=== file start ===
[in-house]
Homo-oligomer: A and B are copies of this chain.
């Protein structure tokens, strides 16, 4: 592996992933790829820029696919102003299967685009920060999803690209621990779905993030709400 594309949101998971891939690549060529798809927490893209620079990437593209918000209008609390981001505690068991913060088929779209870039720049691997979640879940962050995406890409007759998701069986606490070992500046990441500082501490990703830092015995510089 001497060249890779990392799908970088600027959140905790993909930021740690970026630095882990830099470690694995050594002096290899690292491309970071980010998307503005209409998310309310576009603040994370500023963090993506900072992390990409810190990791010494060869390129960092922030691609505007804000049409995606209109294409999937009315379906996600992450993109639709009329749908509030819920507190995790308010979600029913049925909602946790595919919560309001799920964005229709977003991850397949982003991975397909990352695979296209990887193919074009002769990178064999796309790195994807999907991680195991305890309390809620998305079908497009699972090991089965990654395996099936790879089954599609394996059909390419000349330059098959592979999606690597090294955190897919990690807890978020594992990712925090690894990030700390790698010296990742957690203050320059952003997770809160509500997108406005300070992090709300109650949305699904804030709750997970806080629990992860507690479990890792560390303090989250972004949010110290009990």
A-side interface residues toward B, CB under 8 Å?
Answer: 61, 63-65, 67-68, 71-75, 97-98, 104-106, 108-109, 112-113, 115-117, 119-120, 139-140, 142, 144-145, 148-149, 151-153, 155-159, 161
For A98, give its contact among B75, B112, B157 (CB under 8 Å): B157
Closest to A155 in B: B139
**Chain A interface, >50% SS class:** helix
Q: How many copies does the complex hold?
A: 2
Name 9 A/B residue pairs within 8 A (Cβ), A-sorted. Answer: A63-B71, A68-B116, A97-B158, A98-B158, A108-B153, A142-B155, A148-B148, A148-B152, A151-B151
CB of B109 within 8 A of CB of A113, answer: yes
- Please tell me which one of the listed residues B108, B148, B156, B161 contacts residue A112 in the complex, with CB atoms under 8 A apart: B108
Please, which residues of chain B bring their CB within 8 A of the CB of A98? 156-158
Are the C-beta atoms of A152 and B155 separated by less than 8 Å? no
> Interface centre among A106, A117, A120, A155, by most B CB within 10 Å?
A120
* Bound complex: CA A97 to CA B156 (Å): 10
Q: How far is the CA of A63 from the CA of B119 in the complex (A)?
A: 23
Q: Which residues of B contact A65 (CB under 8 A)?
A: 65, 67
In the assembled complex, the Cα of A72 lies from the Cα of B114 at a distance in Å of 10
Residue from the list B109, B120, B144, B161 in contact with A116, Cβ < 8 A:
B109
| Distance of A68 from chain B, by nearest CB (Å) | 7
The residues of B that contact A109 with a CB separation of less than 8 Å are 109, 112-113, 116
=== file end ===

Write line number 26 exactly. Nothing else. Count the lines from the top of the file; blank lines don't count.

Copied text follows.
| Distance of A68 from chain B, by nearest CB (Å) | 7